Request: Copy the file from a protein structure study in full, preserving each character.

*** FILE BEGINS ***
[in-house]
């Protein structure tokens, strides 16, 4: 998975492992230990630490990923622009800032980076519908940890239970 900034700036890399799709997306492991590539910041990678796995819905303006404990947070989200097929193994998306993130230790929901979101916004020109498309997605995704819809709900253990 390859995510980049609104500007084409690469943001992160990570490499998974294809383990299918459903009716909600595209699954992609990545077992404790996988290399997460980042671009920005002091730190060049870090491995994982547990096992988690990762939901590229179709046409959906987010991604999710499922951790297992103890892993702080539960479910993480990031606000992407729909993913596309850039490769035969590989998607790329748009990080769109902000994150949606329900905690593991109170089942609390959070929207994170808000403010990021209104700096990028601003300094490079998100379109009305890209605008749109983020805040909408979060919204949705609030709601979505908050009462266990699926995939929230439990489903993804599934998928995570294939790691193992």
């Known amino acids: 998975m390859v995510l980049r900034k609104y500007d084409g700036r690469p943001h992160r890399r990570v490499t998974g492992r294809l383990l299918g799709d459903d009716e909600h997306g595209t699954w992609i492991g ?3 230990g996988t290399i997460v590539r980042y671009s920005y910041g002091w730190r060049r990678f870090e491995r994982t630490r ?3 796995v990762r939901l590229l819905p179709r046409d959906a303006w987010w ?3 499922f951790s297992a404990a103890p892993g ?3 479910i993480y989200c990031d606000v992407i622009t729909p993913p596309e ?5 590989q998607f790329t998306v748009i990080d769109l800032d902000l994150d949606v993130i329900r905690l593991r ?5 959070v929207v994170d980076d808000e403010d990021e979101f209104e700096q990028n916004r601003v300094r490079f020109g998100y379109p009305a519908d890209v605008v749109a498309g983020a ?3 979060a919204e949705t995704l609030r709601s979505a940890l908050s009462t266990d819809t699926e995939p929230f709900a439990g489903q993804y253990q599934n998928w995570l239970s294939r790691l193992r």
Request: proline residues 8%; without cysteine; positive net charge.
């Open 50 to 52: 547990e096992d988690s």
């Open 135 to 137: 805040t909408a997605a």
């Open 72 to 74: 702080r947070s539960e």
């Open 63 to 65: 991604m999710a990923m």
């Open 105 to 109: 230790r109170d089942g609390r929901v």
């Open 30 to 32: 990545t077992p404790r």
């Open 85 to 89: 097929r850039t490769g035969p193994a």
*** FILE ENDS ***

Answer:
[in-house]
């Protein structure tokens, strides 16, 4: 998975492992230990630490990923622009800032980076519908940890239970 900034700036890399799709997306492991590539910041990678796995819905303006404990947070989200097929193994998306993130230790929901979101916004020109498309997605995704819809709900253990 390859995510980049609104500007084409690469943001992160990570490499998974294809383990299918459903009716909600595209699954992609990545077992404790996988290399997460980042671009920005002091730190060049870090491995994982547990096992988690990762939901590229179709046409959906987010991604999710499922951790297992103890892993702080539960479910993480990031606000992407729909993913596309850039490769035969590989998607790329748009990080769109902000994150949606329900905690593991109170089942609390959070929207994170808000403010990021209104700096990028601003300094490079998100379109009305890209605008749109983020805040909408979060919204949705609030709601979505908050009462266990699926995939929230439990489903993804599934998928995570294939790691193992």
């Known amino acids: 998975m390859v995510l980049r900034k609104y500007d084409g700036r690469p943001h992160r890399r990570v490499t998974g492992r294809l383990l299918g799709d459903d009716e909600h997306g595209t699954w992609i492991g ?3 230990g996988t290399i997460v590539r980042y671009s920005y910041g002091w730190r060049r990678f870090e491995r994982t630490r ?3 796995v990762r939901l590229l819905p179709r046409d959906a303006w987010w ?3 499922f951790s297992a404990a103890p892993g ?3 479910i993480y989200c990031d606000v992407i622009t729909p993913p596309e ?5 590989q998607f790329t998306v748009i990080d769109l800032d902000l994150d949606v993130i329900r905690l593991r ?5 959070v929207v994170d980076d808000e403010d990021e979101f209104e700096q990028n916004r601003v300094r490079f020109g998100y379109p009305a519908d890209v605008v749109a498309g983020a ?3 979060a919204e949705t995704l609030r709601s979505a940890l908050s009462t266990d819809t699926e995939p929230f709900a439990g489903q993804y253990q599934n998928w995570l239970s294939r790691l193992r």
Request: proline residues 8%; without cysteine; positive net charge.
């Open 50 to 52: 547990e096992d988690s």
């Open 135 to 137: 805040t909408a997605a």
């Open 72 to 74: 702080r947070s539960e």
């Open 63 to 65: 991604m999710a990923m």
């Open 105 to 109: 230790r109170d089942g609390r929901v």
């Open 30 to 32: 990545t077992p404790r």
């Open 85 to 89: 097929r850039t490769g035969p193994a």